We go back further still, to 1975 for the Air story, which is aptly titled ‘Born of the Winds’. Set in a snow girt area of Canada, the story makes strong use of local legends, such as that of the Wendigo. Meteorologist David Lawton agrees to help Lucille Bridgeman search the frozen wastes for her son Kirby. Bridgeman’s deceased husband Sam was an anthropologist who held some strange theories, such as belief in an entity known as Lord Ithaqua, the Wind-Walker (a creation of August Derleth). You can probably guess the rest, but as with the Earth offering the lack of any real plot twists or surprises doesn’t in any way detract from the pleasure of reading a story with an engaging narrative voice, a finely tuned plot, and a satisfyingly enigmatic resolution. Lumley introduces a plethora of incidental details, accumulating fake scholarly treatises and subverting actual facts to give his monster a solid grounding in our world, and his evocation of the snow covered landscape in which the bulk of the story takes place is powerful and foreboding.

‘The Gathering’ is the longest story in the collection and the only one that hasn’t been previously published. Set in Lovecraft’s New England, it is the tale of Andrew Gilman who returns to The Hamlet after the death of his father. The whole community seems to be focused on preparing for an event known as The Gathering, and it’s up to Gilman to piece together family history and the strange occurrences that are taking place in an attempt to make sense of it all and find his own place in the greater scheme. Given the setting and the presence of inbred locals, this story brings to mind HPL’s Innsmouth, though here pitched as a Fire story rather than one of amphibian outsiders. I have some reservations, particularly regading the ease with which Andrew takes up with his father’s mistress, but overall it is a well-paced and intriguing tale, one in which the monsters are given a fair shake of the tentacle and shown to be simply different, rather than objects of fear (albeit some of their actions and outer appearances are certainly shudder inducing). Gilman is given a moral dilemma, whether to reject or embrace his heritage, and as a backdrop there is a strong sense of the numinous and cosmic vision.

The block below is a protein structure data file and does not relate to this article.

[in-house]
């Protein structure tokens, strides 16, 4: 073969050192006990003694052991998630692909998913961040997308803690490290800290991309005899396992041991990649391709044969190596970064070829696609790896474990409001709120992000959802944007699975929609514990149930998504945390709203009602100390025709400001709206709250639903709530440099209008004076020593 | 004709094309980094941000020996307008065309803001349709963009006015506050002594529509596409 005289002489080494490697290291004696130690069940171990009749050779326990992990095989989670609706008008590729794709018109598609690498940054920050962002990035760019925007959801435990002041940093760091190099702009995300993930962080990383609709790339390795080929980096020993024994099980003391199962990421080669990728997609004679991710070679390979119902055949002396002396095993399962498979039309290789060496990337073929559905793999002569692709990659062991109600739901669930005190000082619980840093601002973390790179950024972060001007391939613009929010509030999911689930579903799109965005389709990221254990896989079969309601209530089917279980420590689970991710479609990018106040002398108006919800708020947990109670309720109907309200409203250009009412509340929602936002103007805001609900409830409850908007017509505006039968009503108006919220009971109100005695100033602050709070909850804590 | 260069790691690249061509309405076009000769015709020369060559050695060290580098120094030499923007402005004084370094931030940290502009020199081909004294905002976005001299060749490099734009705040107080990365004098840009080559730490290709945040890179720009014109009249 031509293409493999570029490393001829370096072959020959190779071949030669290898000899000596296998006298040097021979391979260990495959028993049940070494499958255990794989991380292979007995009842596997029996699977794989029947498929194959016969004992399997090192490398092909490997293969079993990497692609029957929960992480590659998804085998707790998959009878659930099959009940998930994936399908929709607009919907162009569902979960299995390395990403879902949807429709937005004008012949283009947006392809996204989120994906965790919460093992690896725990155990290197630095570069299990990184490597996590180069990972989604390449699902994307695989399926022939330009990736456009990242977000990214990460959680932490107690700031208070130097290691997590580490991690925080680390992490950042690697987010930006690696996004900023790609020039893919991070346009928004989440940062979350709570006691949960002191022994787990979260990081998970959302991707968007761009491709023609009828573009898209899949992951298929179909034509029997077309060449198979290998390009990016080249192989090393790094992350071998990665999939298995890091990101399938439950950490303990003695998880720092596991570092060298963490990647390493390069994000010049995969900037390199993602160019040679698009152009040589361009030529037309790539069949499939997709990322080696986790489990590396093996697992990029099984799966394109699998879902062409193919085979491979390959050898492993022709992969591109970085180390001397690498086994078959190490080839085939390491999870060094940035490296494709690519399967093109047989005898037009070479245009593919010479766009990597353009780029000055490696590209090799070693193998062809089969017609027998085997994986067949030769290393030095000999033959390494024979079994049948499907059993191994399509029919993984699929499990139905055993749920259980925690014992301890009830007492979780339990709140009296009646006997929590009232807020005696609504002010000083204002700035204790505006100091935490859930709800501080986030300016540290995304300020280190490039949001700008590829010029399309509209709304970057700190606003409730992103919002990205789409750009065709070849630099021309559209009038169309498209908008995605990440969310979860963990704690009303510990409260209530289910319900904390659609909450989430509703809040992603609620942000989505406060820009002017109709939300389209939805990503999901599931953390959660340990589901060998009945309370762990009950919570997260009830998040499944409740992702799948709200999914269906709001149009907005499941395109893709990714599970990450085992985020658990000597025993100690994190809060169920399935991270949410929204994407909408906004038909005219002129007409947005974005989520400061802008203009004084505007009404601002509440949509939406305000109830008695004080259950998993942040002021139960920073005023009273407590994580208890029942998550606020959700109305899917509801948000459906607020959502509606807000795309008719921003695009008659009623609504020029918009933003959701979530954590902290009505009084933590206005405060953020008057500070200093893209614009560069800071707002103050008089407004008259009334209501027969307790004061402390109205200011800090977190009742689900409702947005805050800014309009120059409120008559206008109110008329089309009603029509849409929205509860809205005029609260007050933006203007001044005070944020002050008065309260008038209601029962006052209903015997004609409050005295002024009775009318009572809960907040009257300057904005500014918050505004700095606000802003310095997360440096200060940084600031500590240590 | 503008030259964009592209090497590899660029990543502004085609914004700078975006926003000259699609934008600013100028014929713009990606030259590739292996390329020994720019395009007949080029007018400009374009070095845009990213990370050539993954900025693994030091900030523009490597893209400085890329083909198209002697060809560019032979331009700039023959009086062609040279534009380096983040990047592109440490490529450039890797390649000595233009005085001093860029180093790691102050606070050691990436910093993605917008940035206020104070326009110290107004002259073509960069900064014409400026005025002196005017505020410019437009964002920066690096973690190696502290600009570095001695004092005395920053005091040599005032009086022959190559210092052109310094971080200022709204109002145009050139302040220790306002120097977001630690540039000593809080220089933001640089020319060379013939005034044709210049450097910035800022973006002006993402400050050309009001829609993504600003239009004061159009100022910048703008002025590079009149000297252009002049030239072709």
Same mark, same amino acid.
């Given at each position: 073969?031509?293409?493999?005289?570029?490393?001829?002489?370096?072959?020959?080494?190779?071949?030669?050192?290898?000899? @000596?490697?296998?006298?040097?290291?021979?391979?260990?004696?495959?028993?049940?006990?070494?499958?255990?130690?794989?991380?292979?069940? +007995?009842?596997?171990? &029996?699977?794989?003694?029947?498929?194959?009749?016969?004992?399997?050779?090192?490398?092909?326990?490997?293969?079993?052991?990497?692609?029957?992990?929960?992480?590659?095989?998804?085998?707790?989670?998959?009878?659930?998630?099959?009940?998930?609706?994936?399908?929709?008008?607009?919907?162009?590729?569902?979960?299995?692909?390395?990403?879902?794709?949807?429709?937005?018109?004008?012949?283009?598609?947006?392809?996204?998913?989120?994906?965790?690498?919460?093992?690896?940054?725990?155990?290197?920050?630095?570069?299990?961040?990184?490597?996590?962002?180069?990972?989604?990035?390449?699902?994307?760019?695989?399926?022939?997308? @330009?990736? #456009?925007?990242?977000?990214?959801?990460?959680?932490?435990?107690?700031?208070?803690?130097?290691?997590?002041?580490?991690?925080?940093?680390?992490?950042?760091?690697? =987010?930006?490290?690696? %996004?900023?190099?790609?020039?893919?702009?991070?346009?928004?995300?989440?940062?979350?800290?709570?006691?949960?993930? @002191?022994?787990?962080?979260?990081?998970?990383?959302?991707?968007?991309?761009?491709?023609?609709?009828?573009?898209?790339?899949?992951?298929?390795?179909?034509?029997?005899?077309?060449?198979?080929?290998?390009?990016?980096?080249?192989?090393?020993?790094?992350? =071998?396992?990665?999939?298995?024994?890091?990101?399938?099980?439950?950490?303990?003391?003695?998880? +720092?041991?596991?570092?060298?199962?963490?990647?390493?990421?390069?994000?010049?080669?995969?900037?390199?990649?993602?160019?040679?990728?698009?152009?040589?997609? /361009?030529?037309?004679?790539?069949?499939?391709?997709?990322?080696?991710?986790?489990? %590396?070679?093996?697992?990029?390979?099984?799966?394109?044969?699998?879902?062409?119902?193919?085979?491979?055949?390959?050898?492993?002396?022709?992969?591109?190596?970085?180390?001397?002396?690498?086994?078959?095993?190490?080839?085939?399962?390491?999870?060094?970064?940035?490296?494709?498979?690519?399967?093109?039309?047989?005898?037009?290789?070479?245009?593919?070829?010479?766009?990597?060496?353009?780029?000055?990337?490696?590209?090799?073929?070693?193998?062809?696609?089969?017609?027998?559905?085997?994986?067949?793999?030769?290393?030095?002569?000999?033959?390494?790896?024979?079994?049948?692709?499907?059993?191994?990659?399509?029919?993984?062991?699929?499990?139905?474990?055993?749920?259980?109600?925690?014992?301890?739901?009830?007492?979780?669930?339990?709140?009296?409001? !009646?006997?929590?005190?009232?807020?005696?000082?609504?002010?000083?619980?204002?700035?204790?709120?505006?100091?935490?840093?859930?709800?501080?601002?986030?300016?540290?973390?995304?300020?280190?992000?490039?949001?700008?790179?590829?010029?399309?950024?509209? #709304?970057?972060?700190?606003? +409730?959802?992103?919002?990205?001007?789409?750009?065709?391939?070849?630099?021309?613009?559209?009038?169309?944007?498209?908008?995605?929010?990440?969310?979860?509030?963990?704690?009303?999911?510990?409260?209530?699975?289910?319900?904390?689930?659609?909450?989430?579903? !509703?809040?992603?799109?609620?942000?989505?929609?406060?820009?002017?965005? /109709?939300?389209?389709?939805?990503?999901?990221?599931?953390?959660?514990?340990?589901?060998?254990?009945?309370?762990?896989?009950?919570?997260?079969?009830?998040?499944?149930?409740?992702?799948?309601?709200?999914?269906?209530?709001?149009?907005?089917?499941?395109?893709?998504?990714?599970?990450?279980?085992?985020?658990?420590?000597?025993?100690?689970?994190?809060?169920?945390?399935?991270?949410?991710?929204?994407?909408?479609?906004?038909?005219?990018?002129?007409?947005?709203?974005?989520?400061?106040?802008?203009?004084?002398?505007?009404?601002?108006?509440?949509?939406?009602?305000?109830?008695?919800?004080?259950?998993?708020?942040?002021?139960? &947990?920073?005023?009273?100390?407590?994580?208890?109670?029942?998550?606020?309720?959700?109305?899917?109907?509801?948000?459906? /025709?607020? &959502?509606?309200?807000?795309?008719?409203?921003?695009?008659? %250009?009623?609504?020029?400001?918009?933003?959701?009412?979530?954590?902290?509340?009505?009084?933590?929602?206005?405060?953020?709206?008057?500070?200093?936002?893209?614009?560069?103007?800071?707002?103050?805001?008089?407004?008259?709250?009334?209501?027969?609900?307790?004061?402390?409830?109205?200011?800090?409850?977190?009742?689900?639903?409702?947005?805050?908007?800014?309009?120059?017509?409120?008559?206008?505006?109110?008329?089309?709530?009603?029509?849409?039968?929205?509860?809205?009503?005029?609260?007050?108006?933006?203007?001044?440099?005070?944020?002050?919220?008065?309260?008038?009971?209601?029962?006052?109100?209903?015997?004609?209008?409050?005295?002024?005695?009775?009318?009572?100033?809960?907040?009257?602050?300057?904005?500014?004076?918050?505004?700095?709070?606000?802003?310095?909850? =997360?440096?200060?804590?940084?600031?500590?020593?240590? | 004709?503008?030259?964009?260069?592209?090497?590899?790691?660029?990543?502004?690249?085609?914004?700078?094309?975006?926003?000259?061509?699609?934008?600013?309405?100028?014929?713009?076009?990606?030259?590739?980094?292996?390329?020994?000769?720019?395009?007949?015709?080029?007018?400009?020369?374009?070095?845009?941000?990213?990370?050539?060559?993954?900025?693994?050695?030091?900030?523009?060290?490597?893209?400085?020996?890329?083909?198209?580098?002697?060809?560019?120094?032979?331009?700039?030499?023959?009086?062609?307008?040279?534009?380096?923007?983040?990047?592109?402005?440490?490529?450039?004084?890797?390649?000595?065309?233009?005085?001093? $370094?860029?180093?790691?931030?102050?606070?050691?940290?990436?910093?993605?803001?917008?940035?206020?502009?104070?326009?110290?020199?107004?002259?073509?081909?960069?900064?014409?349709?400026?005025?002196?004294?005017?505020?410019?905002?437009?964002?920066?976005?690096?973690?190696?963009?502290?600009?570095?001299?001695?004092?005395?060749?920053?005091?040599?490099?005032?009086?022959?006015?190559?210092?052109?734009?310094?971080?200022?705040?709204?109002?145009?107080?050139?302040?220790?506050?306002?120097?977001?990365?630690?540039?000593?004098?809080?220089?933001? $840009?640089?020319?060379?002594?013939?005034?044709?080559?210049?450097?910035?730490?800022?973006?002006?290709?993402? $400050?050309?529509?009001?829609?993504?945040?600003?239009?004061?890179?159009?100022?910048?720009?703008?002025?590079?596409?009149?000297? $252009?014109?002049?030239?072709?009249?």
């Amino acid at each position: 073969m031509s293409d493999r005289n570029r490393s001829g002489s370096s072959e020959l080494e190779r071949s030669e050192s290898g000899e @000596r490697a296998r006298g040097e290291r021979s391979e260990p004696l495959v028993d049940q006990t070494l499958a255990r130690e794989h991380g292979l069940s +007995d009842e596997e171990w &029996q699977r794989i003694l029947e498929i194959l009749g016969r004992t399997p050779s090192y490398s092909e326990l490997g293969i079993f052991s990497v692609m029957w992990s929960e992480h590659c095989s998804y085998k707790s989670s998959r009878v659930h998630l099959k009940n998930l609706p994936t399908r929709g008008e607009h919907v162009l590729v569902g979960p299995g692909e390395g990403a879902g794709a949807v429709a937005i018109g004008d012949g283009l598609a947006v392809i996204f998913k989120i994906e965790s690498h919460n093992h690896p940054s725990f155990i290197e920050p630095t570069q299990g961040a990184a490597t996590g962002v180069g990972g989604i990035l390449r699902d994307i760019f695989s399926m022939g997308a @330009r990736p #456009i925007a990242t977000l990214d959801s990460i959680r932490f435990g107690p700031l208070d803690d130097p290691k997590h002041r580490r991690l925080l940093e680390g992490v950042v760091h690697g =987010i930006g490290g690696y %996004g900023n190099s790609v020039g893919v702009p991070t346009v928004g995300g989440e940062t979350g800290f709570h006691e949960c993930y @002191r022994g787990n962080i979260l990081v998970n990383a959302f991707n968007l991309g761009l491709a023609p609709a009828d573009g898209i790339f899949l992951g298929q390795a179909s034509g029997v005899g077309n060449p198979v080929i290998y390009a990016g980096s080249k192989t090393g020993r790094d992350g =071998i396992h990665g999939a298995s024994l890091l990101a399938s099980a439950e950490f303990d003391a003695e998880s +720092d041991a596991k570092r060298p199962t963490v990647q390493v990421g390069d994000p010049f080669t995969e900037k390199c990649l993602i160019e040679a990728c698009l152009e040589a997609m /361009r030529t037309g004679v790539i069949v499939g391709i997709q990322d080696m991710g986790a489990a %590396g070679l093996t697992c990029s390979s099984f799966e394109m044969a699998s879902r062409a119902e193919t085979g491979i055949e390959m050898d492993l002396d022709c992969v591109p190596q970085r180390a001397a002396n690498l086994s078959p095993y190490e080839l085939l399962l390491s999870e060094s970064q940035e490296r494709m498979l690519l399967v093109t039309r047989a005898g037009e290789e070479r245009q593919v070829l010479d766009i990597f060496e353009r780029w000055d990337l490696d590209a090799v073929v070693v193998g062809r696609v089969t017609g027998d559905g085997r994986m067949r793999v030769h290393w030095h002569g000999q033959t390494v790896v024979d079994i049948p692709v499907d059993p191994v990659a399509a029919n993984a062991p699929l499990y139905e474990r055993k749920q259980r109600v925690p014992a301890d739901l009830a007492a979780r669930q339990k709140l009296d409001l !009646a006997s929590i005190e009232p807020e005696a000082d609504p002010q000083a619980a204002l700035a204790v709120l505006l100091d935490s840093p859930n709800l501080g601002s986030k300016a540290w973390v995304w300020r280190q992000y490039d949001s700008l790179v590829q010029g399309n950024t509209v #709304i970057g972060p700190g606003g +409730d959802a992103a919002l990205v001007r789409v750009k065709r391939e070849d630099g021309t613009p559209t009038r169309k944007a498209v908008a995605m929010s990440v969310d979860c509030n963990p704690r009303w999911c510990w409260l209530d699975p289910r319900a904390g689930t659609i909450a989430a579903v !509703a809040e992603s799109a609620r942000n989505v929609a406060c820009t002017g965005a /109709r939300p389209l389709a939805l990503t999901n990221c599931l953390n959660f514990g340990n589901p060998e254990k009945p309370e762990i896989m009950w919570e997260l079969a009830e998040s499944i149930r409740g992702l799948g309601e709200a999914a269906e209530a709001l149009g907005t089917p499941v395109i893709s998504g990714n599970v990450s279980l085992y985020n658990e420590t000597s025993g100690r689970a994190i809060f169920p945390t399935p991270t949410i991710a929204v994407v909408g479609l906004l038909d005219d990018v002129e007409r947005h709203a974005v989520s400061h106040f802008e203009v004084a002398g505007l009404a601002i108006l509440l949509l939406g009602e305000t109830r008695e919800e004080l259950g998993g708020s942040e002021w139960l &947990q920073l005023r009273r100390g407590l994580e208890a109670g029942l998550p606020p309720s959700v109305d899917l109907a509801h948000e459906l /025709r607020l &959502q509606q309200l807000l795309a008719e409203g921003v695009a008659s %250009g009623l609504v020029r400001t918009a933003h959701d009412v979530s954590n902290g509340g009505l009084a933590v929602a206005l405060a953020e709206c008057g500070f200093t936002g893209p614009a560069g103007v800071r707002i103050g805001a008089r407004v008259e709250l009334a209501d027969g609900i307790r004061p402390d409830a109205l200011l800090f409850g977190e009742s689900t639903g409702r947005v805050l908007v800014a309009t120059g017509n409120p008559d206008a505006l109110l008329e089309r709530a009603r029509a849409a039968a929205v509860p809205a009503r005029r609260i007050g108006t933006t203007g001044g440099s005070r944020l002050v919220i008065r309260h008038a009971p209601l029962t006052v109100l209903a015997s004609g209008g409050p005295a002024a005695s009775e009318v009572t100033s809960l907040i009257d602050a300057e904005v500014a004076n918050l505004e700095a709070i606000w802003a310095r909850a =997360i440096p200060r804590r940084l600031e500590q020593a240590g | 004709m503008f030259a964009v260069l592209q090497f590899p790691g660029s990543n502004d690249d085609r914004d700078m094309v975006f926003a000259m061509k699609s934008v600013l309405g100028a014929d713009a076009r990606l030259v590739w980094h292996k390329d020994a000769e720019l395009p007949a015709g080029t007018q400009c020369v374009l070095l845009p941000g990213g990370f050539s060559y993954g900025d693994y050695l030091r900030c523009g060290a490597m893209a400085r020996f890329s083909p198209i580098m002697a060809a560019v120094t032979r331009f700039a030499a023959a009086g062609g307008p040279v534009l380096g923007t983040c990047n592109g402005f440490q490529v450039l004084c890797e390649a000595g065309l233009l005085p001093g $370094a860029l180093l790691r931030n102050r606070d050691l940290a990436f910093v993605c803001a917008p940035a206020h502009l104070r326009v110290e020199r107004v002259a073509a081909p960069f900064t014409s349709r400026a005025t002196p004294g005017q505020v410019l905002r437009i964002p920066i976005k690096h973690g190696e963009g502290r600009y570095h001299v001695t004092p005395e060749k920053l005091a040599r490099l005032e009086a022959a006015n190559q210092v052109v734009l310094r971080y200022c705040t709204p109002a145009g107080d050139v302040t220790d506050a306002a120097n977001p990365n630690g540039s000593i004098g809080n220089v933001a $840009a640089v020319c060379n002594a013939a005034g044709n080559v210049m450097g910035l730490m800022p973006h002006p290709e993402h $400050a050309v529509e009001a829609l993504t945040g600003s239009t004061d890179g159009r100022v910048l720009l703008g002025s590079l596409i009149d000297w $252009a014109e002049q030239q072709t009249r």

Innsmouth is referenced in Lumley’s introduction to the Water novella, 2012’s ‘The Changeling’. The story’s unnamed protagonist encounters a stranger on a deserted beach in Greece and hears out his tale, which offers up a very different conception of how life functions and the identity of the dominant species, one that has implications for the narrator. It is the shortest story here and the least, but still powerful stuff with its depiction of bodily transformation and the way in which it touches on our horror of the outsider, while Lumley underpins it with historical and mythological details that create a sense of verity. It is a fitting end to a very strong collection of novellas, one that will be every bit as entertaining for latecomers to Lovecraft’s work as to those steeped in mythos fiction.


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Filler content with short story collections – Part 1

The first part of a feature on short story collections that originally appeared in Black Static #61:-


Ramsey Campbell has referred to Reggie Oliver as “quite possibly our finest modern writer of spectral tales” and there is no doubt that, when it comes to tales of ghosts and related matters, Oliver is one of the masters of the form, with a distinctive and eminently readable prose voice, one that radiates elegance and affability in contrast to the terrors his work contains. A professional playwright, actor, and theatre director since 1975, Oliver’s background is part of his appeal, adding the feel of authenticity to the tales rooted in theatrical life and underlying his vivid creations of time and place.

With a striking cover illustration courtesy of Santiago Caruso, THE SEA OF BLOOD (Dark Renaissance Books pb, 408pp, $27.95) is a retrospective collection of Oliver’s work containing twenty three stories ranging in time from 2001 through to 2015. It opens with a fascinating introduction by the author in which he details how he came to start writing and identifies his major concern as “the strangeness of existence and the unsettling interaction between the physical and the metaphysical”, a theme he returns to over and over again in the stories that follow.